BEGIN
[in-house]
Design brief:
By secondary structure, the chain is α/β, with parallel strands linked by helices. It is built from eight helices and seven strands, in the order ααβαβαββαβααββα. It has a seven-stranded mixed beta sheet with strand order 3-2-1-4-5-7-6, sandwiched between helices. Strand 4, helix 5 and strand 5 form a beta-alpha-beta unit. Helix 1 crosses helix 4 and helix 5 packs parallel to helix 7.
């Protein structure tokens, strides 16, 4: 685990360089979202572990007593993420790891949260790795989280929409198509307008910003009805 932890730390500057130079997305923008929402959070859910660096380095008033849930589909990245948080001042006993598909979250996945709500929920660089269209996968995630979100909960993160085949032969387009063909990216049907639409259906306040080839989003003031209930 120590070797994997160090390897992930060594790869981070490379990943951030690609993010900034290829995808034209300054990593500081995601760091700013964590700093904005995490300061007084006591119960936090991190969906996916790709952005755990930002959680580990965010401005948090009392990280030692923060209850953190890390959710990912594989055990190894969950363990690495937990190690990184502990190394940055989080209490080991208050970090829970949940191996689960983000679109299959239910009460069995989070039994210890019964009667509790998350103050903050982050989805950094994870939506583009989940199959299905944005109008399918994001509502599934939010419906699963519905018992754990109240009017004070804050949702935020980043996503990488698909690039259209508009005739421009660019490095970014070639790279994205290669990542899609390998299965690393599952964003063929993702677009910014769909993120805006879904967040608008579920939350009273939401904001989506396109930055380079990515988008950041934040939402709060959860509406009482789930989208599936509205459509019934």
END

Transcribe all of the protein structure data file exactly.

[in-house]
Design brief:
By secondary structure, the chain is α/β, with parallel strands linked by helices. It is built from eight helices and seven strands, in the order ααβαβαββαβααββα. It has a seven-stranded mixed beta sheet with strand order 3-2-1-4-5-7-6, sandwiched between helices. Strand 4, helix 5 and strand 5 form a beta-alpha-beta unit. Helix 1 crosses helix 4 and helix 5 packs parallel to helix 7.
């Protein structure tokens, strides 16, 4: 685990360089979202572990007593993420790891949260790795989280929409198509307008910003009805 932890730390500057130079997305923008929402959070859910660096380095008033849930589909990245948080001042006993598909979250996945709500929920660089269209996968995630979100909960993160085949032969387009063909990216049907639409259906306040080839989003003031209930 120590070797994997160090390897992930060594790869981070490379990943951030690609993010900034290829995808034209300054990593500081995601760091700013964590700093904005995490300061007084006591119960936090991190969906996916790709952005755990930002959680580990965010401005948090009392990280030692923060209850953190890390959710990912594989055990190894969950363990690495937990190690990184502990190394940055989080209490080991208050970090829970949940191996689960983000679109299959239910009460069995989070039994210890019964009667509790998350103050903050982050989805950094994870939506583009989940199959299905944005109008399918994001509502599934939010419906699963519905018992754990109240009017004070804050949702935020980043996503990488698909690039259209508009005739421009660019490095970014070639790279994205290669990542899609390998299965690393599952964003063929993702677009910014769909993120805006879904967040608008579920939350009273939401904001989506396109930055380079990515988008950041934040939402709060959860509406009482789930989208599936509205459509019934």